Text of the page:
Myth: Everyone with a concussion needs a CT or MRI of their brain.

Fact: A concussion cannot be seen on standard CT or MRI of the brain and are not helpful in identifying concussion. A CT or MRI may be used after a head injury if there is concern that a more serious injury has occurred.

 

Myth: Someone with a concussion needs to be woken up frequently from sleep.

Fact: Sleep is very important for concussion recovery. While a period of observation after a head injury may be needed to monitor for more serious injuries, someone with a concussion should be encouraged to sleep as much as they need to.

 

Myth: A concussion can only occur with a direct blow to the head.

Fact: A concussion can occur from a direct blow to the head, but also due to a whipping motion of the head.

 

Myth: A concussion is due to the brain hitting the skull, and leads to bruising or swelling of the brain.

Fact: A concussion does not cause bruising or swelling to the brain. A concussion is not just in one area of the brain, but affects the entire brain on a molecular level.

 

Myth: Children with concussion should be back to normal in a few days to a week, and something is wrong if they are not better that quickly.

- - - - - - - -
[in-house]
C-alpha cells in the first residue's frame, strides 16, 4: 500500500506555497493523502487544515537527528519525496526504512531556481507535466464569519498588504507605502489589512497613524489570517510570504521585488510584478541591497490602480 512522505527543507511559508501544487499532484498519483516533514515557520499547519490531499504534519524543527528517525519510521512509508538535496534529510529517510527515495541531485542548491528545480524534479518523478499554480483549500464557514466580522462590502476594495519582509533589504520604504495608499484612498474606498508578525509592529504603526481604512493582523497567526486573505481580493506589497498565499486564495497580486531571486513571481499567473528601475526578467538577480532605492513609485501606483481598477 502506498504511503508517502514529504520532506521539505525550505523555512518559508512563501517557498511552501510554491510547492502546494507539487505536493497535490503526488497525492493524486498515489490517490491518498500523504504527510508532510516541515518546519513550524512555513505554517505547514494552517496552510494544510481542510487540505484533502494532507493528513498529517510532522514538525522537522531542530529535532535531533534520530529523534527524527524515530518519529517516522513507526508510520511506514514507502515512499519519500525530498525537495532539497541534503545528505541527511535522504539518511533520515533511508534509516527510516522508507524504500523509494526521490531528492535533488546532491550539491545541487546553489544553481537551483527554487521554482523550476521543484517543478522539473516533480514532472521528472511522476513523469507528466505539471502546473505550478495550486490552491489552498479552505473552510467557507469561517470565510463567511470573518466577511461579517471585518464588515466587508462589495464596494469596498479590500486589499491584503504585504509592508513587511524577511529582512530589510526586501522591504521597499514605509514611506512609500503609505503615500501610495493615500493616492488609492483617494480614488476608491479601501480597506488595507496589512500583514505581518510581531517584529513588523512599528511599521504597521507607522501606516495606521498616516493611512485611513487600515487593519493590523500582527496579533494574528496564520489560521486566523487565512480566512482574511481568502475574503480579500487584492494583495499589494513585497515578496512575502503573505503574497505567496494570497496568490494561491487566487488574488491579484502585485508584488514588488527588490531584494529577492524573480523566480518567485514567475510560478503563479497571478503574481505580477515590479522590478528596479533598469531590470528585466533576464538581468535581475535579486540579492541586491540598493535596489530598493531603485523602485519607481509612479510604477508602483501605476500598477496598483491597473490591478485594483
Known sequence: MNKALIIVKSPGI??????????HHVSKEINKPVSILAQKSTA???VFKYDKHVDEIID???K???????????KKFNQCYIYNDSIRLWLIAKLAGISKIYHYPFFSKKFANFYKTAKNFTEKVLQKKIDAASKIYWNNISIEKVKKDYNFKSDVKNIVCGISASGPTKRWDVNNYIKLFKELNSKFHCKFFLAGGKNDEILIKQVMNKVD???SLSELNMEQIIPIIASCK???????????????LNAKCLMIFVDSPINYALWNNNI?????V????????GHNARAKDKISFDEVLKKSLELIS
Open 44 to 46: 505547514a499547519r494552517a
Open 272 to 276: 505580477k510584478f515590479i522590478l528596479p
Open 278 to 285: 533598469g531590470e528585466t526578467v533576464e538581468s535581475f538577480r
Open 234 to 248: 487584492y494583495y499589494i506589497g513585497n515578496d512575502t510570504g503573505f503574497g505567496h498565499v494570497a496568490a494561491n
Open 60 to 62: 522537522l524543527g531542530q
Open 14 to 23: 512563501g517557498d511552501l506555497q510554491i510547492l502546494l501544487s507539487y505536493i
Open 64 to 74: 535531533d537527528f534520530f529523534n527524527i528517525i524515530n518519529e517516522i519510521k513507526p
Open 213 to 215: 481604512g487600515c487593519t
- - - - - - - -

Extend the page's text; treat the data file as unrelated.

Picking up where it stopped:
Fact: Children with concussion will take on average 3 to 4 weeks for full recovery, whereas young adults and adults generally do get better in a shorter amount of time.

Get the Stats on Traumatic Brain Injury in the United States

Symptoms

Symptoms of concussion can be mild or severe. They usually fall into four categories:

Thinking/remembering (cognitive)

  • Feeling slowed down
  • Trouble concentrating
  • Trouble thinking clearly
  • Trouble remembering new information

Physical 

  • Headache
  • Nausea or vomiting (early on)
  • Sensitivity to noise or light
  • Feeling tired, having no energy
  • Fuzzy or blurry vision
  • Dizziness or balance problems
  • Emotional/mood (Behavioral)

Feeling:

  • Sad
  • Irritable
  • Overly emotional
  • Nervous or anxious

Sleep:

  • Sleeping more than usual
  • Sleeping less than usual